Objective: This study aimed to investigate the causal relationship between daily walking steps and the 1-year incidence of neck and low back pain in workers with sedentary jobs.
Methods: A 1-year prospective study was carried out among 387 workers who reported no spinal symptoms in the previous 3 months with pain intensity greater than 30 mm on a 100-mm visual analog scale. Data were gathered using a self-administered questionnaire, physical examination, and pedometer. Follow-up data were collected every month for the incidence of musculoskeletal disorders and every 3 months for daily walking steps. Two regression models were built to analyze the effect of daily walking steps on the 1-year incidence of neck and low back pain.
Results: Among 367 (95 %) participants followed for 1 year, 16 and 14 % reported incident neck and low back pain, respectively. After adjusting for confounders, a negative association between daily walking steps and onset of neck pain was found. Increasing daily walking steps by 1,000 reduced the risk of neck pain by 14 %. No significant association between daily walking steps and the onset of low back pain was found.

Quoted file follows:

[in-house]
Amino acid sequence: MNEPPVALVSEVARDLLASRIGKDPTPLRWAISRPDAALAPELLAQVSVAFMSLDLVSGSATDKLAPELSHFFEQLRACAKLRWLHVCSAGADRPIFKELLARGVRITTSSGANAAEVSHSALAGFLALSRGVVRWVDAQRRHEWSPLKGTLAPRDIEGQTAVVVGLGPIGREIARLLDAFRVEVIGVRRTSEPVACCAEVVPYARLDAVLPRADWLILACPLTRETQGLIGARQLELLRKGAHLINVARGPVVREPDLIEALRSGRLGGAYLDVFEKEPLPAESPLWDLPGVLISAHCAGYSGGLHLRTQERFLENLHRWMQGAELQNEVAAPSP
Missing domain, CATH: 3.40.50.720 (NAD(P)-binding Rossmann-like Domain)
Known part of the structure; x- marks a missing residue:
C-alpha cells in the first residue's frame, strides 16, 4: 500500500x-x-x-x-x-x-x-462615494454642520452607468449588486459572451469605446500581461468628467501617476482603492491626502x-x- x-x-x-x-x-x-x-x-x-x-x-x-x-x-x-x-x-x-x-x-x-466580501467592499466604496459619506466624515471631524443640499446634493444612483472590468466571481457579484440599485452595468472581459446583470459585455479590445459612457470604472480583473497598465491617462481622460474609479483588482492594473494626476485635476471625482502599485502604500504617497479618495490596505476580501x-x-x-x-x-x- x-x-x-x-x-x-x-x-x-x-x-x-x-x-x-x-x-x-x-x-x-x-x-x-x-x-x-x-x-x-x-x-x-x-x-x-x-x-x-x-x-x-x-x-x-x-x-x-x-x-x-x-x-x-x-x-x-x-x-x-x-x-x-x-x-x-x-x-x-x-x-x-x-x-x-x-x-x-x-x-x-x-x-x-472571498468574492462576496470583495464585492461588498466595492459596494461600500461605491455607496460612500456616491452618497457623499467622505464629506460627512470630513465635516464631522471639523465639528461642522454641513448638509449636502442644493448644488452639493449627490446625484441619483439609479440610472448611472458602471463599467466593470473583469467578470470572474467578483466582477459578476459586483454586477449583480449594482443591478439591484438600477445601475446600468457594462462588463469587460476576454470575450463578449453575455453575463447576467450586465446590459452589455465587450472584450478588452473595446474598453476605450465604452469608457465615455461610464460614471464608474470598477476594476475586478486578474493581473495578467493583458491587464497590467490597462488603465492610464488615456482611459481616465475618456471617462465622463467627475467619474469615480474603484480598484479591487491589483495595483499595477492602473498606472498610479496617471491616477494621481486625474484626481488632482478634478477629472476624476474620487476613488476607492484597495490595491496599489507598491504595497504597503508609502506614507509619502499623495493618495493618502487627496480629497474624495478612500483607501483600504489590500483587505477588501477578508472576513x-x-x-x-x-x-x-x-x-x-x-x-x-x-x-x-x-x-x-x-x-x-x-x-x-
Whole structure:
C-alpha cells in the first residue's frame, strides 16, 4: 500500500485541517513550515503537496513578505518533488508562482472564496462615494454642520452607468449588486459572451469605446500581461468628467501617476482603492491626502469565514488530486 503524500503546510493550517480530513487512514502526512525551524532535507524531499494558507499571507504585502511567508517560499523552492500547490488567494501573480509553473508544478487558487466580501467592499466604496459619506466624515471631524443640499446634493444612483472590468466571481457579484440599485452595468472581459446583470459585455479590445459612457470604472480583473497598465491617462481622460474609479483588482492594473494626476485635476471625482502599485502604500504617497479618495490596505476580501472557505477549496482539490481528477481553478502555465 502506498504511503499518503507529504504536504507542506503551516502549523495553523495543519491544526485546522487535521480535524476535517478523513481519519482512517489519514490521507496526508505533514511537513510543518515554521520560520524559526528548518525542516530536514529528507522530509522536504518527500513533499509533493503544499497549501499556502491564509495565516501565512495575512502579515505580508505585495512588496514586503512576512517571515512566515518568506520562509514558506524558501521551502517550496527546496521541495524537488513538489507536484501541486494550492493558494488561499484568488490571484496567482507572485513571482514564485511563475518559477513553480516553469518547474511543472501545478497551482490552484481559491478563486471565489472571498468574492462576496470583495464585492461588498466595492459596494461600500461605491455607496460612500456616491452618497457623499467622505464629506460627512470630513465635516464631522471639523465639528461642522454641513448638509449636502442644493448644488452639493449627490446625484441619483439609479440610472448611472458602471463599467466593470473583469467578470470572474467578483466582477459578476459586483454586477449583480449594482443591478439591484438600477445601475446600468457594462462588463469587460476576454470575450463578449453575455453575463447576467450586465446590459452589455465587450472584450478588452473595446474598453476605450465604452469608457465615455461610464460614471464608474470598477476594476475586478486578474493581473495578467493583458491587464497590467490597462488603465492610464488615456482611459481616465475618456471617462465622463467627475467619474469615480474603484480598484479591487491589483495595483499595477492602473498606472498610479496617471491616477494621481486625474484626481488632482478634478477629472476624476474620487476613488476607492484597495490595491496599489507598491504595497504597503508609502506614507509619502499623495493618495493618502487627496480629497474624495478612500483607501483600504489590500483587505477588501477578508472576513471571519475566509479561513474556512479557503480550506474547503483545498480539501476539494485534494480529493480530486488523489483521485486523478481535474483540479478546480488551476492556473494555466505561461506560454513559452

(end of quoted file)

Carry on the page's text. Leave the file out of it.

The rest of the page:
Conclusions: Increasing daily walking steps is a protective factor for onset of neck pain in those with sedentary jobs. Interventions to reduce neck pain should include attempts to increase daily walking steps.